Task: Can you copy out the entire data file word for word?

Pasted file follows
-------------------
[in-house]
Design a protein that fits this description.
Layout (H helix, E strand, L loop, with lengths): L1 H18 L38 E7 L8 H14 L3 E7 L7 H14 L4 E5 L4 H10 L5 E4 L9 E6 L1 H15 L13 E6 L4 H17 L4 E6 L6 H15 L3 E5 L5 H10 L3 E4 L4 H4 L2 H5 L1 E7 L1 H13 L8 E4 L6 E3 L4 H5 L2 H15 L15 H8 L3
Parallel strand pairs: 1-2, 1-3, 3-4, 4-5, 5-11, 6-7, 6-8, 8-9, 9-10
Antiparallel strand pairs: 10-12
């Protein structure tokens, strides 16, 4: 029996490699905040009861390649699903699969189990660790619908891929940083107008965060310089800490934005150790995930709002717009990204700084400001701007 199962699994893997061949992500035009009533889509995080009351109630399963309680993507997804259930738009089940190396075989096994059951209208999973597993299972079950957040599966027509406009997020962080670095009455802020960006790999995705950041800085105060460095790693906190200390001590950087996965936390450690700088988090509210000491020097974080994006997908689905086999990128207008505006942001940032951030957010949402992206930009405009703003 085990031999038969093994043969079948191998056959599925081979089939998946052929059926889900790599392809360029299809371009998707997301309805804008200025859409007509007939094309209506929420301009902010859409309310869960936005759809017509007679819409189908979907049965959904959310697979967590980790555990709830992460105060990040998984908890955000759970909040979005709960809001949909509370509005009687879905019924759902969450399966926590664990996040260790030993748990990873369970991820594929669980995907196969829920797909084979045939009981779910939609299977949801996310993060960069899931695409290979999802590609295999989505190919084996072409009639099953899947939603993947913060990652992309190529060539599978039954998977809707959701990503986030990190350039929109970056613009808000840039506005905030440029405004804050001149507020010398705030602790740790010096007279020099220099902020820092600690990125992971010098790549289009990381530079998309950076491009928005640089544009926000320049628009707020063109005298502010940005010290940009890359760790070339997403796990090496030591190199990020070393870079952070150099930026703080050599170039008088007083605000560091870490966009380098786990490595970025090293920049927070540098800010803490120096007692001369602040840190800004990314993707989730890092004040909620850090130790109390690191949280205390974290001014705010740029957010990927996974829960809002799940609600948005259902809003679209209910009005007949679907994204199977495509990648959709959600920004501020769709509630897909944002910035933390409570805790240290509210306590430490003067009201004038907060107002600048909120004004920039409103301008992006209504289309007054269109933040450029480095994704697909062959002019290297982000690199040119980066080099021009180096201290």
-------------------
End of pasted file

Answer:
[in-house]
Design a protein that fits this description.
Layout (H helix, E strand, L loop, with lengths): L1 H18 L38 E7 L8 H14 L3 E7 L7 H14 L4 E5 L4 H10 L5 E4 L9 E6 L1 H15 L13 E6 L4 H17 L4 E6 L6 H15 L3 E5 L5 H10 L3 E4 L4 H4 L2 H5 L1 E7 L1 H13 L8 E4 L6 E3 L4 H5 L2 H15 L15 H8 L3
Parallel strand pairs: 1-2, 1-3, 3-4, 4-5, 5-11, 6-7, 6-8, 8-9, 9-10
Antiparallel strand pairs: 10-12
């Protein structure tokens, strides 16, 4: 029996490699905040009861390649699903699969189990660790619908891929940083107008965060310089800490934005150790995930709002717009990204700084400001701007 199962699994893997061949992500035009009533889509995080009351109630399963309680993507997804259930738009089940190396075989096994059951209208999973597993299972079950957040599966027509406009997020962080670095009455802020960006790999995705950041800085105060460095790693906190200390001590950087996965936390450690700088988090509210000491020097974080994006997908689905086999990128207008505006942001940032951030957010949402992206930009405009703003 085990031999038969093994043969079948191998056959599925081979089939998946052929059926889900790599392809360029299809371009998707997301309805804008200025859409007509007939094309209506929420301009902010859409309310869960936005759809017509007679819409189908979907049965959904959310697979967590980790555990709830992460105060990040998984908890955000759970909040979005709960809001949909509370509005009687879905019924759902969450399966926590664990996040260790030993748990990873369970991820594929669980995907196969829920797909084979045939009981779910939609299977949801996310993060960069899931695409290979999802590609295999989505190919084996072409009639099953899947939603993947913060990652992309190529060539599978039954998977809707959701990503986030990190350039929109970056613009808000840039506005905030440029405004804050001149507020010398705030602790740790010096007279020099220099902020820092600690990125992971010098790549289009990381530079998309950076491009928005640089544009926000320049628009707020063109005298502010940005010290940009890359760790070339997403796990090496030591190199990020070393870079952070150099930026703080050599170039008088007083605000560091870490966009380098786990490595970025090293920049927070540098800010803490120096007692001369602040840190800004990314993707989730890092004040909620850090130790109390690191949280205390974290001014705010740029957010990927996974829960809002799940609600948005259902809003679209209910009005007949679907994204199977495509990648959709959600920004501020769709509630897909944002910035933390409570805790240290509210306590430490003067009201004038907060107002600048909120004004920039409103301008992006209504289309007054269109933040450029480095994704697909062959002019290297982000690199040119980066080099021009180096201290």